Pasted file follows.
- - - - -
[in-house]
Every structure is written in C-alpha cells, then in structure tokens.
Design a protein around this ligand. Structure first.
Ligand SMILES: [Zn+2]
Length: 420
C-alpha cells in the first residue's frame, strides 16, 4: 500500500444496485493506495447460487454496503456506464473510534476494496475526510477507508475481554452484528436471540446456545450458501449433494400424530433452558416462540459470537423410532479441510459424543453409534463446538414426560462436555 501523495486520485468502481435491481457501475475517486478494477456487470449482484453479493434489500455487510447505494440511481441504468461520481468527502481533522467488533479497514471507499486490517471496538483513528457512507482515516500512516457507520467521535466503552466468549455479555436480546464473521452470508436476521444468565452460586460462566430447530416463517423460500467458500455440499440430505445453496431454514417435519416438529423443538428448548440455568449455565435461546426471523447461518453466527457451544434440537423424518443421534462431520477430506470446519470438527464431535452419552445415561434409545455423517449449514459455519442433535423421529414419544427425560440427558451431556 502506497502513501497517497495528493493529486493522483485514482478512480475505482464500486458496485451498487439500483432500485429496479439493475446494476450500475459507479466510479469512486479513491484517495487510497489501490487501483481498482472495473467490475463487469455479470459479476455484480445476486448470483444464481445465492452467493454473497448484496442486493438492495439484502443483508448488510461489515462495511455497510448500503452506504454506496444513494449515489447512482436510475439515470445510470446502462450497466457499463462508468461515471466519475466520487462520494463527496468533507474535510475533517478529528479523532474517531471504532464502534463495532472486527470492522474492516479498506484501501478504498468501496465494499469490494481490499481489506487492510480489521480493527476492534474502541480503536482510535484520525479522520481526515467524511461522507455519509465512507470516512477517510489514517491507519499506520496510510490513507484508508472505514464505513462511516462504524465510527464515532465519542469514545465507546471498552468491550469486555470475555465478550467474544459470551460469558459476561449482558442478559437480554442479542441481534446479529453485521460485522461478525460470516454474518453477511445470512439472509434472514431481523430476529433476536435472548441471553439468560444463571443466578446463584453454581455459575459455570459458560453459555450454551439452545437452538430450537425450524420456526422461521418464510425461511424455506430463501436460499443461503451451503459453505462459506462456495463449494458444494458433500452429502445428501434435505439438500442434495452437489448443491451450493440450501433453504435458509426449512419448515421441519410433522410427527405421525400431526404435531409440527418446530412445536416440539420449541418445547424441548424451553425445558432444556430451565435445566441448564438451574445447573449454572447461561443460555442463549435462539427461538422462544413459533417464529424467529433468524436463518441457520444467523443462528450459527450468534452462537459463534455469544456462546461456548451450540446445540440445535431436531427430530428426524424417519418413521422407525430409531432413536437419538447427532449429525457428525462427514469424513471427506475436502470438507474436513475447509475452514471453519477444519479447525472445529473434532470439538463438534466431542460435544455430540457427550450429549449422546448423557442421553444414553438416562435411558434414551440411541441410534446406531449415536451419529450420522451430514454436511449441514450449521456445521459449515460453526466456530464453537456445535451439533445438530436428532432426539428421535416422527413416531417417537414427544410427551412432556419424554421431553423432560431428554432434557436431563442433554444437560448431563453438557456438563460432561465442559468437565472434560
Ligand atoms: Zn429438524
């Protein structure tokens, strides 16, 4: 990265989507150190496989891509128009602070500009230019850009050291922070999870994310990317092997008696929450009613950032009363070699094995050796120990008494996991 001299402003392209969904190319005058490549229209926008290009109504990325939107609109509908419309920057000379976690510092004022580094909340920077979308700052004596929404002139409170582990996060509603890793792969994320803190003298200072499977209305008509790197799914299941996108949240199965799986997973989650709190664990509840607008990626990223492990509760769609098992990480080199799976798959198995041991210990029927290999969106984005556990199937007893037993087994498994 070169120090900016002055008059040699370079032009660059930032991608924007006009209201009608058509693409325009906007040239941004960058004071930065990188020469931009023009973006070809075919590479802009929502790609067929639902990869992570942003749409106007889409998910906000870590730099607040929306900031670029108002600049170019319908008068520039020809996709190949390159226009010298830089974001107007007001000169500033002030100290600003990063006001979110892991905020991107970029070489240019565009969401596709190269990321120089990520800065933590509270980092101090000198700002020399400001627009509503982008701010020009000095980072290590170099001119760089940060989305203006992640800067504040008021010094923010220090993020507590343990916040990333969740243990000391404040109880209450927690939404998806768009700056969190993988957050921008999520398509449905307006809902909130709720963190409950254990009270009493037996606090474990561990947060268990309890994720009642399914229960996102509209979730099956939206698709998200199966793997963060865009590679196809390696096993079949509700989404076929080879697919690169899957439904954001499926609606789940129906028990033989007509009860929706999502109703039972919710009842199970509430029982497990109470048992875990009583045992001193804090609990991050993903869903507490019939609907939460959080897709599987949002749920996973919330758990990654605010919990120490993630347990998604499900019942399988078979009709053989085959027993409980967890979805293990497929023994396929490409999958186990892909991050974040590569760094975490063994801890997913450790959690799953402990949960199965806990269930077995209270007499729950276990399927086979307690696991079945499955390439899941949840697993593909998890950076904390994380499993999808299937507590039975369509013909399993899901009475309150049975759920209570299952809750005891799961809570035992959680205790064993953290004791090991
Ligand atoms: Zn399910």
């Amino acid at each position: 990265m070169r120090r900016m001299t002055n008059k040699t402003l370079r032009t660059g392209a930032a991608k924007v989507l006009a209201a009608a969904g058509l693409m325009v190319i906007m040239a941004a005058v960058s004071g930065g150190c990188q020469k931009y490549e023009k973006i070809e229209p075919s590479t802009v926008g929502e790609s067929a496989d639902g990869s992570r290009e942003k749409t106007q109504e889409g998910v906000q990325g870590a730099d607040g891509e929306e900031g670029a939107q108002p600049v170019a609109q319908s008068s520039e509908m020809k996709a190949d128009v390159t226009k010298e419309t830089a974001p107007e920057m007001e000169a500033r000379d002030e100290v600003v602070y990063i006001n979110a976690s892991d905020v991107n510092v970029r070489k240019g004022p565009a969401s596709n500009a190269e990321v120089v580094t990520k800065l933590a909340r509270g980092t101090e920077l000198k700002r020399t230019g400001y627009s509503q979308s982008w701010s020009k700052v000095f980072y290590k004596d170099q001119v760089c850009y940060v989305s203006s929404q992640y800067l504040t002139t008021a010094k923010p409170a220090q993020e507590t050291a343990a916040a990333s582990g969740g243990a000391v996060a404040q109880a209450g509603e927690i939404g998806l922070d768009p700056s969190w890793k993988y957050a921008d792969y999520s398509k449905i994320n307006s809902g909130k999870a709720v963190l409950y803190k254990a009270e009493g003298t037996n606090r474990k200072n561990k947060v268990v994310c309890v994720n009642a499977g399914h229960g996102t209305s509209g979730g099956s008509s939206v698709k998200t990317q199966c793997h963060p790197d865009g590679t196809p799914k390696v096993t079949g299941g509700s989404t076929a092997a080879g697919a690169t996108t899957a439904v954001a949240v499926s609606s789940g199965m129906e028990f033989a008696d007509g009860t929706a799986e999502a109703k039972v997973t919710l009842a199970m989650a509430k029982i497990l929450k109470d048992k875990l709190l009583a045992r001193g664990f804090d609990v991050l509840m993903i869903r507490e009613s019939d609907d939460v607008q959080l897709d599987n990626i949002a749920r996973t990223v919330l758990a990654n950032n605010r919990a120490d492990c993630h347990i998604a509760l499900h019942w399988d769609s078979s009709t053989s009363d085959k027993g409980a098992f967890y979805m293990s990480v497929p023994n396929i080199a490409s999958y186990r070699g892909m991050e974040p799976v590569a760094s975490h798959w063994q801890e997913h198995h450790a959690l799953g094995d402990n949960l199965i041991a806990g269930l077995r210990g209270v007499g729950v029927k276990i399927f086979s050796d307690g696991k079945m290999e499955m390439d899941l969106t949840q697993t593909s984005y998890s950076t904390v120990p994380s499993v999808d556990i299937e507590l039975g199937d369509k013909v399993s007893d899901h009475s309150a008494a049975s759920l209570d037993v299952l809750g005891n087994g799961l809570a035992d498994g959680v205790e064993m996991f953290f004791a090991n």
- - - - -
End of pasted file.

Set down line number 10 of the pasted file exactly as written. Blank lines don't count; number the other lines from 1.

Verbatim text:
């Amino acid at each position: 990265m070169r120090r900016m001299t002055n008059k040699t402003l370079r032009t660059g392209a930032a991608k924007v989507l006009a209201a009608a969904g058509l693409m325009v190319i906007m040239a941004a005058v960058s004071g930065g150190c990188q020469k931009y490549e023009k973006i070809e229209p075919s590479t802009v926008g929502e790609s067929a496989d639902g990869s992570r290009e942003k749409t106007q109504e889409g998910v906000q990325g870590a730099d607040g891509e929306e900031g670029a939107q108002p600049v170019a609109q319908s008068s520039e509908m020809k996709a190949d128009v390159t226009k010298e419309t830089a974001p107007e920057m007001e000169a500033r000379d002030e100290v600003v602070y990063i006001n979110a976690s892991d905020v991107n510092v970029r070489k240019g004022p565009a969401s596709n500009a190269e990321v120089v580094t990520k800065l933590a909340r509270g980092t101090e920077l000198k700002r020399t230019g400001y627009s509503q979308s982008w701010s020009k700052v000095f980072y290590k004596d170099q001119v760089c850009y940060v989305s203006s929404q992640y800067l504040t002139t008021a010094k923010p409170a220090q993020e507590t050291a343990a916040a990333s582990g969740g243990a000391v996060a404040q109880a209450g509603e927690i939404g998806l922070d768009p700056s969190w890793k993988y957050a921008d792969y999520s398509k449905i994320n307006s809902g909130k999870a709720v963190l409950y803190k254990a009270e009493g003298t037996n606090r474990k200072n561990k947060v268990v994310c309890v994720n009642a499977g399914h229960g996102t209305s509209g979730g099956s008509s939206v698709k998200t990317q199966c793997h963060p790197d865009g590679t196809p799914k390696v096993t079949g299941g509700s989404t076929a092997a080879g697919a690169t996108t899957a439904v954001a949240v499926s609606s789940g199965m129906e028990f033989a008696d007509g009860t929706a799986e999502a109703k039972v997973t919710l009842a199970m989650a509430k029982i497990l929450k109470d048992k875990l709190l009583a045992r001193g664990f804090d609990v991050l509840m993903i869903r507490e009613s019939d609907d939460v607008q959080l897709d599987n990626i949002a749920r996973t990223v919330l758990a990654n950032n605010r919990a120490d492990c993630h347990i998604a509760l499900h019942w399988d769609s078979s009709t053989s009363d085959k027993g409980a098992f967890y979805m293990s990480v497929p023994n396929i080199a490409s999958y186990r070699g892909m991050e974040p799976v590569a760094s975490h798959w063994q801890e997913h198995h450790a959690l799953g094995d402990n949960l199965i041991a806990g269930l077995r210990g209270v007499g729950v029927k276990i399927f086979s050796d307690g696991k079945m290999e499955m390439d899941l969106t949840q697993t593909s984005y998890s950076t904390v120990p994380s499993v999808d556990i299937e507590l039975g199937d369509k013909v399993s007893d899901h009475s309150a008494a049975s759920l209570d037993v299952l809750g005891n087994g799961l809570a035992d498994g959680v205790e064993m996991f953290f004791a090991n």